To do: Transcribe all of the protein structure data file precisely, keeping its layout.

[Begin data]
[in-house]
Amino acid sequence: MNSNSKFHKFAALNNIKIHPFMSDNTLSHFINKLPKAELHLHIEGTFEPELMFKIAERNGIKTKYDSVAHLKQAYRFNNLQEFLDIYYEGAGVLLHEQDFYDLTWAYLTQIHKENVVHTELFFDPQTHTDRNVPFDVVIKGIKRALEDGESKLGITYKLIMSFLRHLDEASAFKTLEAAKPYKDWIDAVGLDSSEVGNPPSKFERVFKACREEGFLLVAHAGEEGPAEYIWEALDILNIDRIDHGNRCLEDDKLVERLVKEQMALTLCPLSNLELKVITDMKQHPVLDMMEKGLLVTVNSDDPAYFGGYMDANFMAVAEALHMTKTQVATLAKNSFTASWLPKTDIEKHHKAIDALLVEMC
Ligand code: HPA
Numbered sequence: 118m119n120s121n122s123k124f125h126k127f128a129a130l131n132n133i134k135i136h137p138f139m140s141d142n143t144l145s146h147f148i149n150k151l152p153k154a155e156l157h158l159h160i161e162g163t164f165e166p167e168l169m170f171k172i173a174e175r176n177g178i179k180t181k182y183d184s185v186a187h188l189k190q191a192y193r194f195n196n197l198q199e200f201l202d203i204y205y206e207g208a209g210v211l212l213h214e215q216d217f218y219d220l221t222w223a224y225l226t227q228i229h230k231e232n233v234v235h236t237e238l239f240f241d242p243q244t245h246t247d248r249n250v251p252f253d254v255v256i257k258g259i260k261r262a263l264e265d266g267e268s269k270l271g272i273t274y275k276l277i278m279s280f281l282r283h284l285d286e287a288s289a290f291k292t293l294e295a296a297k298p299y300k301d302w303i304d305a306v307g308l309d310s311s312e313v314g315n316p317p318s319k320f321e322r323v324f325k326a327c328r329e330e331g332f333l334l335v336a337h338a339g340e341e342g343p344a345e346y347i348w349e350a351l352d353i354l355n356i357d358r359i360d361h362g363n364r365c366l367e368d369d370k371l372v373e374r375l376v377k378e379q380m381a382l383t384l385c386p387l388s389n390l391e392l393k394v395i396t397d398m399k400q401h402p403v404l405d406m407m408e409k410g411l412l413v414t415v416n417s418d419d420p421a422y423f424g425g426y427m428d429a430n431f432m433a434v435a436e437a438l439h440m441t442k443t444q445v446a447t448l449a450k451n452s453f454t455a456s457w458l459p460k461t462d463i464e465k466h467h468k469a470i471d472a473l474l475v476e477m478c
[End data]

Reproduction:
[in-house]
Amino acid sequence: MNSNSKFHKFAALNNIKIHPFMSDNTLSHFINKLPKAELHLHIEGTFEPELMFKIAERNGIKTKYDSVAHLKQAYRFNNLQEFLDIYYEGAGVLLHEQDFYDLTWAYLTQIHKENVVHTELFFDPQTHTDRNVPFDVVIKGIKRALEDGESKLGITYKLIMSFLRHLDEASAFKTLEAAKPYKDWIDAVGLDSSEVGNPPSKFERVFKACREEGFLLVAHAGEEGPAEYIWEALDILNIDRIDHGNRCLEDDKLVERLVKEQMALTLCPLSNLELKVITDMKQHPVLDMMEKGLLVTVNSDDPAYFGGYMDANFMAVAEALHMTKTQVATLAKNSFTASWLPKTDIEKHHKAIDALLVEMC
Ligand code: HPA
Numbered sequence: 118m119n120s121n122s123k124f125h126k127f128a129a130l131n132n133i134k135i136h137p138f139m140s141d142n143t144l145s146h147f148i149n150k151l152p153k154a155e156l157h158l159h160i161e162g163t164f165e166p167e168l169m170f171k172i173a174e175r176n177g178i179k180t181k182y183d184s185v186a187h188l189k190q191a192y193r194f195n196n197l198q199e200f201l202d203i204y205y206e207g208a209g210v211l212l213h214e215q216d217f218y219d220l221t222w223a224y225l226t227q228i229h230k231e232n233v234v235h236t237e238l239f240f241d242p243q244t245h246t247d248r249n250v251p252f253d254v255v256i257k258g259i260k261r262a263l264e265d266g267e268s269k270l271g272i273t274y275k276l277i278m279s280f281l282r283h284l285d286e287a288s289a290f291k292t293l294e295a296a297k298p299y300k301d302w303i304d305a306v307g308l309d310s311s312e313v314g315n316p317p318s319k320f321e322r323v324f325k326a327c328r329e330e331g332f333l334l335v336a337h338a339g340e341e342g343p344a345e346y347i348w349e350a351l352d353i354l355n356i357d358r359i360d361h362g363n364r365c366l367e368d369d370k371l372v373e374r375l376v377k378e379q380m381a382l383t384l385c386p387l388s389n390l391e392l393k394v395i396t397d398m399k400q401h402p403v404l405d406m407m408e409k410g411l412l413v414t415v416n417s418d419d420p421a422y423f424g425g426y427m428d429a430n431f432m433a434v435a436e437a438l439h440m441t442k443t444q445v446a447t448l449a450k451n452s453f454t455a456s457w458l459p460k461t462d463i464e465k466h467h468k469a470i471d472a473l474l475v476e477m478c